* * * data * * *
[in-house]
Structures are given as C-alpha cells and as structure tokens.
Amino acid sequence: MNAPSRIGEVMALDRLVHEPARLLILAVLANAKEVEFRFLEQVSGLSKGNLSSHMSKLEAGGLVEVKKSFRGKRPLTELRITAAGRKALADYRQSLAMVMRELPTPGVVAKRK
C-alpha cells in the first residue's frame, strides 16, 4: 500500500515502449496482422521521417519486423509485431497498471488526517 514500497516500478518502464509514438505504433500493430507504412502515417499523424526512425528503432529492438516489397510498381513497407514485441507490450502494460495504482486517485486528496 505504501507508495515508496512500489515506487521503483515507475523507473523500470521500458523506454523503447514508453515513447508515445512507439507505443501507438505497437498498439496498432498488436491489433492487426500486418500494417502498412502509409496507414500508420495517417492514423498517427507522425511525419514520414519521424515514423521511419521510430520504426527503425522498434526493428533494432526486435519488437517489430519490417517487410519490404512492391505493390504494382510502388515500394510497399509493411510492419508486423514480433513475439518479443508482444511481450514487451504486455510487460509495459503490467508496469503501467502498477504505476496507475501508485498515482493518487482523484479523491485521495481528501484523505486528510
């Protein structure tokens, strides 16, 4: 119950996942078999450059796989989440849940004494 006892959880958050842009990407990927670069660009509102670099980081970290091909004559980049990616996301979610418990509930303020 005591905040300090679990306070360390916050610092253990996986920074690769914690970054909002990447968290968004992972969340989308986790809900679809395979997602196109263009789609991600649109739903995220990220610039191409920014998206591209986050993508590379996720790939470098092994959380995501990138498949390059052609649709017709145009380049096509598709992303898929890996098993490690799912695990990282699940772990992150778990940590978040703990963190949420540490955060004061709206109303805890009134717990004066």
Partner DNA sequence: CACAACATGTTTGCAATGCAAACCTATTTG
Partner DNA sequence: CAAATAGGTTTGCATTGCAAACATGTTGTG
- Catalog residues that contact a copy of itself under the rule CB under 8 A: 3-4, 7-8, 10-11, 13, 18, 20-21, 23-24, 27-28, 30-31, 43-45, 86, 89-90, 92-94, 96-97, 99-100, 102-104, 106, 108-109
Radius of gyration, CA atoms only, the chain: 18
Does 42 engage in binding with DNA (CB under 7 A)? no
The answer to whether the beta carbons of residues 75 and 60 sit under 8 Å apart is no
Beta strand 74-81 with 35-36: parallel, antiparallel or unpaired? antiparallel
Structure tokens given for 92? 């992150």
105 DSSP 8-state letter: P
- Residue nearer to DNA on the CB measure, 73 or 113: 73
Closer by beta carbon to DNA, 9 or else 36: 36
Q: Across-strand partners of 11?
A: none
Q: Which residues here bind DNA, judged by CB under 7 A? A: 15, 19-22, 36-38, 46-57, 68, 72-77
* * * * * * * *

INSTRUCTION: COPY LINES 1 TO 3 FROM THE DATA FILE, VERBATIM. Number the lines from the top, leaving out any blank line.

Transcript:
[in-house]
Structures are given as C-alpha cells and as structure tokens.
Amino acid sequence: MNAPSRIGEVMALDRLVHEPARLLILAVLANAKEVEFRFLEQVSGLSKGNLSSHMSKLEAGGLVEVKKSFRGKRPLTELRITAAGRKALADYRQSLAMVMRELPTPGVVAKRK